Did we feel more refreshed waking up at 6.45 instead of 7am? Not really. Personally, we'd rather sleep as long as we can no matter what and that's what the professionals advise as well.

Beddit: Accuracy

Beddit doesn't claim to be medical standard in terms of accuracy and we don't think it is. It felt like it got things right most nights but it's hard to say precisely because of obvious reasons. The general picture seems close enough to make comparisons from one evening to another, though, and so judge good and bad sleeping patterns.

It takes a night or two to get over the awareness that something's watching you while you sleep, and that can cause a bit of anxiety – not the best emotion when you're supposed to be at your most relaxed. Generally, though, we're fairly convinced by what Beddit is able to do.

Rest longer and feel better: Sleep monitors explained

What it can't manage is to differentiate dream sleep from non-dream sleep, nor can it give you a break down of exactly which of the five stages of sleep you're in at any moment but it's certainly clear enough to tell the times when our slumber was deeper than others.

If you think you have a sleep problem it seems like a decent, if slightly expensive way of getting some kind of realistic measure of the facts.

It's expensive because you're still going to have to see a specialist and get hold of some medical grade equipment should the problem persist. It's also expensive because there are other sleep trackers – okay, far less impressive ones – that you could use instead, but they have all the activity and fitness functions too. Beddit is for sleep and sleep only.

Beddit: App and dashboard

The Beddit app is something of a frustration. On the one hand, it's a work of graphical user-interface beauty; right out of the top draw. You get very neat bar charts, line graphs and chronological displays of how long you slept for, your heart rate, how many breaths per second and some kind of hypnogram of your sleep cycles through the night.

The trouble is that you can't drill down into any of it. Instead, it's put together as a sleep score based upon how many hours kip you've said you'd like to get each night, and that's rather typical of Beddit. It's all slightly headless. We're not the experts. You tell us how much sleep we should be getting or whether we need to cut down on caffeine, go to bed earlier or whatever it is that we're supposed to be doing to feel better.

The app does have tips and suggestions but they don't seem tailored to the user in any way. Some kind of online dashboard and a way of integrating this data with the rest of our quantified selves is what's needed but presumably that will come. The other option is a deeper sleep analysis that can indicate exactly what each of us might need to change.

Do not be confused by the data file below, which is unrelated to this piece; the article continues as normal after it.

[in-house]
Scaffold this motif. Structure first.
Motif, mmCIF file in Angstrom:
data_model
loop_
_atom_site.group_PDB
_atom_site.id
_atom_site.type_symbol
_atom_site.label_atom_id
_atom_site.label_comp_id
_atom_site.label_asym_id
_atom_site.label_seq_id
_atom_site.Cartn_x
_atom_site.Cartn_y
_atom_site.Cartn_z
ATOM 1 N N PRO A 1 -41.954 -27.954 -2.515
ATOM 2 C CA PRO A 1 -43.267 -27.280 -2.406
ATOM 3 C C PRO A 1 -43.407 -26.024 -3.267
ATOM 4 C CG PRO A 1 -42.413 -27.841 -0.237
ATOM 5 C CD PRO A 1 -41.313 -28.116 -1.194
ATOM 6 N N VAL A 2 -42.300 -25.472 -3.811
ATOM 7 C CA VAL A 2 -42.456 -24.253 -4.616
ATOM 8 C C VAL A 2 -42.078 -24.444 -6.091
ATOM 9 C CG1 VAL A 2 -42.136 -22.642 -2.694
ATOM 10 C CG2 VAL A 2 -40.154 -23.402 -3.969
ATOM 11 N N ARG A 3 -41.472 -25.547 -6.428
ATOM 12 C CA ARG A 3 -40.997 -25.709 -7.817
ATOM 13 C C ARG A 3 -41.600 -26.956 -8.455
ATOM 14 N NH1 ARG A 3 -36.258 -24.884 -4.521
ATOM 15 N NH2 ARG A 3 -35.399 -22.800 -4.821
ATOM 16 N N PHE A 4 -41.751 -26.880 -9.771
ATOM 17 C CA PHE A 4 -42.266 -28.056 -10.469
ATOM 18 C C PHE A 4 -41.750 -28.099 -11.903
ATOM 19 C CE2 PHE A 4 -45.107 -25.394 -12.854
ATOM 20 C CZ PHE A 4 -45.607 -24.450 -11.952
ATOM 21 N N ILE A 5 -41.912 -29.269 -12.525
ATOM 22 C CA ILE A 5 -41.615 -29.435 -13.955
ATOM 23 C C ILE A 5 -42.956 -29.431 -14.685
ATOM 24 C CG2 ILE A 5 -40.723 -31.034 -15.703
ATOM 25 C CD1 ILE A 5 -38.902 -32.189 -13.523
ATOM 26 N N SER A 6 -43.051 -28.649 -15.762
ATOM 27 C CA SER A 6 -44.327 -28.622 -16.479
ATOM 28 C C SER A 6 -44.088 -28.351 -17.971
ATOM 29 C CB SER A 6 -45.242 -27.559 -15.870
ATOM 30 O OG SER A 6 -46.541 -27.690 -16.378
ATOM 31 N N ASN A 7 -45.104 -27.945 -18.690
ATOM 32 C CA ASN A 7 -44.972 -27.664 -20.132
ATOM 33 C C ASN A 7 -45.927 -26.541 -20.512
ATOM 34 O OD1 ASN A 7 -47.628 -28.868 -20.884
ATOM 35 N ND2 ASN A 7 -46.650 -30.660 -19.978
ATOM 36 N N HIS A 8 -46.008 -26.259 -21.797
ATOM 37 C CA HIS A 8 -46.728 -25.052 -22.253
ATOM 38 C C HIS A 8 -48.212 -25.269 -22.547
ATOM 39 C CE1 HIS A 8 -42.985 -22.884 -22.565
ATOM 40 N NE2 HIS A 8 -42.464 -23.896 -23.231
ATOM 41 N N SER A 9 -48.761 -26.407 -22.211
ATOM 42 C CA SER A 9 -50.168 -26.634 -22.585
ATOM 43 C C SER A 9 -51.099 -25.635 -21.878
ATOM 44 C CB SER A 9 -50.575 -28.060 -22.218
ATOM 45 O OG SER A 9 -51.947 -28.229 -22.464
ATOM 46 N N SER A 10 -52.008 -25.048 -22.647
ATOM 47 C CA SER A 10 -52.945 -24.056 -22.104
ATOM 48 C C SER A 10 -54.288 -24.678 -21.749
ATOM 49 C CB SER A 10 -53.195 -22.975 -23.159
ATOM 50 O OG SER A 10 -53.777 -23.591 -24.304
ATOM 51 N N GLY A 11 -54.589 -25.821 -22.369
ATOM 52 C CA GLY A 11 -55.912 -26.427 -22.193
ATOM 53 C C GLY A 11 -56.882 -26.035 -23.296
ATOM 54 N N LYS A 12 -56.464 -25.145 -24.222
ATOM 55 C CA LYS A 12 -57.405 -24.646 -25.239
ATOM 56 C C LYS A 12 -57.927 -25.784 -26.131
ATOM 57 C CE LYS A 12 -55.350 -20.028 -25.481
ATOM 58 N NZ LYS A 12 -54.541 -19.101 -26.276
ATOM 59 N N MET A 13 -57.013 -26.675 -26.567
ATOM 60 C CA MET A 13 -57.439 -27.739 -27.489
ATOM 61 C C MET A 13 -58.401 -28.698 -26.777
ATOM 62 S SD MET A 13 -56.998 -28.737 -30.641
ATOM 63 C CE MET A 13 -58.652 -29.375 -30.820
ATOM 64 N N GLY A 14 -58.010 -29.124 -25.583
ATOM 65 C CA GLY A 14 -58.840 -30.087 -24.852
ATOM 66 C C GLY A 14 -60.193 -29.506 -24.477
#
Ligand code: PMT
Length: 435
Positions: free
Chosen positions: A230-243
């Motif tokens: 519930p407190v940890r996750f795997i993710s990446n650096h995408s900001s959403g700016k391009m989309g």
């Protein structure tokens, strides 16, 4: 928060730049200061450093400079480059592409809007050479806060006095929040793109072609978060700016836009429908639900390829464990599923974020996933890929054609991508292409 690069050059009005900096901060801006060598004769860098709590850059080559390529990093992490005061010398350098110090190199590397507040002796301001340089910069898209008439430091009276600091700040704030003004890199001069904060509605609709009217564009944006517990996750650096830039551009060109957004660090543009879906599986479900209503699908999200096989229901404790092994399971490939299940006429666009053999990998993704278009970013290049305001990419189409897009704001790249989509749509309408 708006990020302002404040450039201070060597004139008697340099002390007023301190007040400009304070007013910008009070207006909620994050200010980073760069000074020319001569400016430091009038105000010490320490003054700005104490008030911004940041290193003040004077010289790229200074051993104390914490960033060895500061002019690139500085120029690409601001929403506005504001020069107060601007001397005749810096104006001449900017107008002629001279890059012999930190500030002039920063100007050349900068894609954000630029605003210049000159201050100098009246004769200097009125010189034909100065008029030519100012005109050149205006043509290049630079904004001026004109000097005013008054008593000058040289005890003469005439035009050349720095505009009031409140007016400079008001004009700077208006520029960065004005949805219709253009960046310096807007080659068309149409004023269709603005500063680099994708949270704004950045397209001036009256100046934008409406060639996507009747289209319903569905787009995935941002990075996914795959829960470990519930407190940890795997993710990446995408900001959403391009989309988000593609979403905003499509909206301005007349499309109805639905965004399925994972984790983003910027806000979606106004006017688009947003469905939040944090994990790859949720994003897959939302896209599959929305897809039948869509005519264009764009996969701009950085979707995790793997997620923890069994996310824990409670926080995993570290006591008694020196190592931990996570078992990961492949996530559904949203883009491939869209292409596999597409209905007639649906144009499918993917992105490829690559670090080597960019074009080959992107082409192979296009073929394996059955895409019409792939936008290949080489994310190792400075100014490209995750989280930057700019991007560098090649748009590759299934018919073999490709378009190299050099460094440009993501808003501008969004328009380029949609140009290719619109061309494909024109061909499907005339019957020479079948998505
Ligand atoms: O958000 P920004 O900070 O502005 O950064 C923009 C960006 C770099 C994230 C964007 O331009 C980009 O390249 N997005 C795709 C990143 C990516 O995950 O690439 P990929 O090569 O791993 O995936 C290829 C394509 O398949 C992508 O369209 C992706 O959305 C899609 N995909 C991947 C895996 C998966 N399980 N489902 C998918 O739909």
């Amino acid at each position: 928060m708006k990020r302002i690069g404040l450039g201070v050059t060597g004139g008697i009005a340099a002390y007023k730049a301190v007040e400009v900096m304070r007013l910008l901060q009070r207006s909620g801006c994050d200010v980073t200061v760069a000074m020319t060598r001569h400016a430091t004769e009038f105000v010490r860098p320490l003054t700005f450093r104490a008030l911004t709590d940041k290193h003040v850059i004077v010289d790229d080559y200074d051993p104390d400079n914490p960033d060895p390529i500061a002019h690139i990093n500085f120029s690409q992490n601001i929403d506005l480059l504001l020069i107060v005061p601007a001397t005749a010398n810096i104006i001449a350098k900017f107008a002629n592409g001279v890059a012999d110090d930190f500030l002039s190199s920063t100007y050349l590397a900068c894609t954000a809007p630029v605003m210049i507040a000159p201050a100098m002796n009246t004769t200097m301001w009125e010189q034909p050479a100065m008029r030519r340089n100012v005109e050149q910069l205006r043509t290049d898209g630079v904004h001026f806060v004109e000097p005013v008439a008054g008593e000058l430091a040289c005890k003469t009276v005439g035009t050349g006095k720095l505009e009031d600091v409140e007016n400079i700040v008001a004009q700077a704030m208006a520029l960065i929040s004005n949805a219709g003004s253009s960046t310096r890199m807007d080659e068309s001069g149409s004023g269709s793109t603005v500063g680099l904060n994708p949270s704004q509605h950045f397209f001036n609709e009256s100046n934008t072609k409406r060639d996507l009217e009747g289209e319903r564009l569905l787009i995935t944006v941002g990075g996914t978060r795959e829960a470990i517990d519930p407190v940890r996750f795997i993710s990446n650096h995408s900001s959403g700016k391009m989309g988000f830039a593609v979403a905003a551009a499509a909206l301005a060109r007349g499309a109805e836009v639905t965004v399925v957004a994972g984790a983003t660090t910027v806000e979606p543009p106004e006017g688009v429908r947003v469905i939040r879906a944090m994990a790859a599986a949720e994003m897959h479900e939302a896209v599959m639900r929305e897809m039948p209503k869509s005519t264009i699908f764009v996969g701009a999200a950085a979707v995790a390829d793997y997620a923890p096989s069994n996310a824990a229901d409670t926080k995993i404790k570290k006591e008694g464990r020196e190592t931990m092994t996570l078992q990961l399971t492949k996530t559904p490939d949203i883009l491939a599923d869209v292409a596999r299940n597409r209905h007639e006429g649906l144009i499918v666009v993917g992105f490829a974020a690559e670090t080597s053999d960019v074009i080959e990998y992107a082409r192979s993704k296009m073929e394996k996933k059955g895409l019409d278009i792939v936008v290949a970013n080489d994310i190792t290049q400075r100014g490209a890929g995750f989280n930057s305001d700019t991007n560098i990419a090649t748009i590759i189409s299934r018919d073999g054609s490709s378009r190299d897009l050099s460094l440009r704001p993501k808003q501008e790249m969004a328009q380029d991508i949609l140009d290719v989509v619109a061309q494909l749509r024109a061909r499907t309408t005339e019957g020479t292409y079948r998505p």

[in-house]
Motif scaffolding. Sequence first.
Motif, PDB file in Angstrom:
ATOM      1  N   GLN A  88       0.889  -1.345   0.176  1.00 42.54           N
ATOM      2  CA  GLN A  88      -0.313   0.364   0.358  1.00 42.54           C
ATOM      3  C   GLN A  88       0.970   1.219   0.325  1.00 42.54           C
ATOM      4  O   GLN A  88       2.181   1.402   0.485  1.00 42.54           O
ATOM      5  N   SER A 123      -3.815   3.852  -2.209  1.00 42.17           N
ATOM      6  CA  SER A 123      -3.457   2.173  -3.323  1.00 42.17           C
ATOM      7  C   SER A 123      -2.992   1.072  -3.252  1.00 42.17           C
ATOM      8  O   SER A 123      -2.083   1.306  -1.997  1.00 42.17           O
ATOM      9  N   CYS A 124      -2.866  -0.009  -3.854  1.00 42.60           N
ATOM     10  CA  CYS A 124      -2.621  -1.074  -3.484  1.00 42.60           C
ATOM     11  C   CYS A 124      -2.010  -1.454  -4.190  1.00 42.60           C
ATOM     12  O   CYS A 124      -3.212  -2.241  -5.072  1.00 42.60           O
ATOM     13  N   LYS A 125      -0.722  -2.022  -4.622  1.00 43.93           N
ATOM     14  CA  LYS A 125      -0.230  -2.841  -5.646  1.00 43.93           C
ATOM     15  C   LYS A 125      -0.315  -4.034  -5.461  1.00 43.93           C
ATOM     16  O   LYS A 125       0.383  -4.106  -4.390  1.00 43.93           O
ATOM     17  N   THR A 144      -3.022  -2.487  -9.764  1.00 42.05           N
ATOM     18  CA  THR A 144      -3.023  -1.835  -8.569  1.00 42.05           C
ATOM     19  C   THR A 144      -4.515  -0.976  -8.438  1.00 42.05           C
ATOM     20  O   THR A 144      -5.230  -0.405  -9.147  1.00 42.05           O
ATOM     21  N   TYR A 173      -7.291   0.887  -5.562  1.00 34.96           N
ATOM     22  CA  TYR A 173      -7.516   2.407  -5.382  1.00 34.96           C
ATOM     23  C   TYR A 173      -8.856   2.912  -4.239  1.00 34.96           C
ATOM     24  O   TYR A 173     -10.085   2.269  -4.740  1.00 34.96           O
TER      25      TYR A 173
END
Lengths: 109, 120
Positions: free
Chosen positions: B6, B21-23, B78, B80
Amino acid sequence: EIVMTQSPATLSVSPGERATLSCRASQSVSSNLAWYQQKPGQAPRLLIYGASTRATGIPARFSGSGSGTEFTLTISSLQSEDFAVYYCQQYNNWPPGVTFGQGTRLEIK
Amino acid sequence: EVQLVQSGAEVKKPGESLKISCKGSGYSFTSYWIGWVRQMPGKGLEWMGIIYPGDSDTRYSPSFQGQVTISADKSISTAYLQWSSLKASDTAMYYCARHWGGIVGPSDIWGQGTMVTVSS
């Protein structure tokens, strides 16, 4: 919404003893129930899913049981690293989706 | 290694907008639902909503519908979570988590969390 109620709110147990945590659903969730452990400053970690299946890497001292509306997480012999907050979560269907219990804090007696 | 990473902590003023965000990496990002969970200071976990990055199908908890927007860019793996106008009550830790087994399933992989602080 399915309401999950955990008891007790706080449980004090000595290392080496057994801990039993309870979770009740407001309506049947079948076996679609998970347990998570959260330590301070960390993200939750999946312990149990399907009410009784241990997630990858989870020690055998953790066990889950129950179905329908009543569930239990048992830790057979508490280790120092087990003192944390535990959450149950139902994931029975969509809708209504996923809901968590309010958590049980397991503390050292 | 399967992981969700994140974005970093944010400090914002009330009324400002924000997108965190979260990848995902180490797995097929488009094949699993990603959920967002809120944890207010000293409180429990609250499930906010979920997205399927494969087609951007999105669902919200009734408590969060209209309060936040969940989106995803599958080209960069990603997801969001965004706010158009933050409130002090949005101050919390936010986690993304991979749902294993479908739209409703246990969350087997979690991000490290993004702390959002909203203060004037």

In the States, Misfit seems to have taken Beddit under its wing, so expect some link up with Shine and Flash activity data. Our concern would still be that there's little in the way of sleep coaching, though, and only really the measuring of our shut-eye instead.


Beddit Sleep Monitor
By Misfit
It's really quite impressive what Beddit can measure given how simple the device appears. It's no hassle to set up and it's perfectly easy to forget about it once you have. It's also streets ahead of what you'll find inside most smartwatches and fitness bands that also happen to monitor sleep. You don't need to wear it, you don't need to charge it and you don't need to tell it when you've gone to sleep or woken up either. Better still, it seems to have an accurate enough grasp of how much deep versus light sleep you're getting. Sadly, though, it's not quite the complete package. The biggest concern is that, after you've woken up each morning and seen your sleep score, there's a bit of a full stop. At the time of writing, there's no integration with other health and wellness dashboards and the actual sleep coaching is far too minimal. Ultimately, the technology of the hardware is right where it needs to be but the interpretation of all that cleverly captured data isn't.

Hit
  • Simple to set up, easy to use
  • No battery worries
  • Generally accurate
Miss
  • No real interpretation of the data
  • No integration with other services
  • Accuracy good but not perfect

2 Comments

  • 4theConnector says:

    As a Beddit early adoptee, I received your Android specific feedback outreach via our Beddit Google circles. Which drove me to your page here. I am not trying to be pithy, yet this would be my response to the content of your review.

    Dan....you are VERY taken with yourself, and it demonstrably comes through in your cheeky writing style. Sadly in this case, that obfuscates the technical and potential sleep-health interpretations Wearable readers should and typically want to see when a product is reviewed.